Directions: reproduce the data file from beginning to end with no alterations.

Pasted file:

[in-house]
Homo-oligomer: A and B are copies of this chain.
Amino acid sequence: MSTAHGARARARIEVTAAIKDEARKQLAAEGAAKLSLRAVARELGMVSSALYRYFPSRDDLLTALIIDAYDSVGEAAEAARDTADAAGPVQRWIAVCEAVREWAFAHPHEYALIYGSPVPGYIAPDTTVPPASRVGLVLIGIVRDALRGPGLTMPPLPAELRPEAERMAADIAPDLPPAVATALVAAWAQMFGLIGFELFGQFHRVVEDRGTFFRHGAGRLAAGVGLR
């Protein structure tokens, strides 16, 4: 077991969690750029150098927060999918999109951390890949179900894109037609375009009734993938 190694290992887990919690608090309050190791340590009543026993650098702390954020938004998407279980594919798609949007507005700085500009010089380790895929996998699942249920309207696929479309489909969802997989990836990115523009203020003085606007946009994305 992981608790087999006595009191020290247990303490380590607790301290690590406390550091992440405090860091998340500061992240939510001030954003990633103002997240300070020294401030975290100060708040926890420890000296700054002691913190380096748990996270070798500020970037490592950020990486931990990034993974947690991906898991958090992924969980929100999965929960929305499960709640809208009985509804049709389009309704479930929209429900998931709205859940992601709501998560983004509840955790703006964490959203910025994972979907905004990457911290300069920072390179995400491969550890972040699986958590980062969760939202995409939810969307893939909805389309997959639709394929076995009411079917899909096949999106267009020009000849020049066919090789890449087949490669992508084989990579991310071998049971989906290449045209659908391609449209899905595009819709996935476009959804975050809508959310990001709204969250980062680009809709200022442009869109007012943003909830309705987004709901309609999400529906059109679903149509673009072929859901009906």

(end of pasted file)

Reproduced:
[in-house]
Homo-oligomer: A and B are copies of this chain.
Amino acid sequence: MSTAHGARARARIEVTAAIKDEARKQLAAEGAAKLSLRAVARELGMVSSALYRYFPSRDDLLTALIIDAYDSVGEAAEAARDTADAAGPVQRWIAVCEAVREWAFAHPHEYALIYGSPVPGYIAPDTTVPPASRVGLVLIGIVRDALRGPGLTMPPLPAELRPEAERMAADIAPDLPPAVATALVAAWAQMFGLIGFELFGQFHRVVEDRGTFFRHGAGRLAAGVGLR
């Protein structure tokens, strides 16, 4: 077991969690750029150098927060999918999109951390890949179900894109037609375009009734993938 190694290992887990919690608090309050190791340590009543026993650098702390954020938004998407279980594919798609949007507005700085500009010089380790895929996998699942249920309207696929479309489909969802997989990836990115523009203020003085606007946009994305 992981608790087999006595009191020290247990303490380590607790301290690590406390550091992440405090860091998340500061992240939510001030954003990633103002997240300070020294401030975290100060708040926890420890000296700054002691913190380096748990996270070798500020970037490592950020990486931990990034993974947690991906898991958090992924969980929100999965929960929305499960709640809208009985509804049709389009309704479930929209429900998931709205859940992601709501998560983004509840955790703006964490959203910025994972979907905004990457911290300069920072390179995400491969550890972040699986958590980062969760939202995409939810969307893939909805389309997959639709394929076995009411079917899909096949999106267009020009000849020049066919090789890449087949490669992508084989990579991310071998049971989906290449045209659908391609449209899905595009819709996935476009959804975050809508959310990001709204969250980062680009809709200022442009869109007012943003909830309705987004709901309609999400529906059109679903149509673009072929859901009906």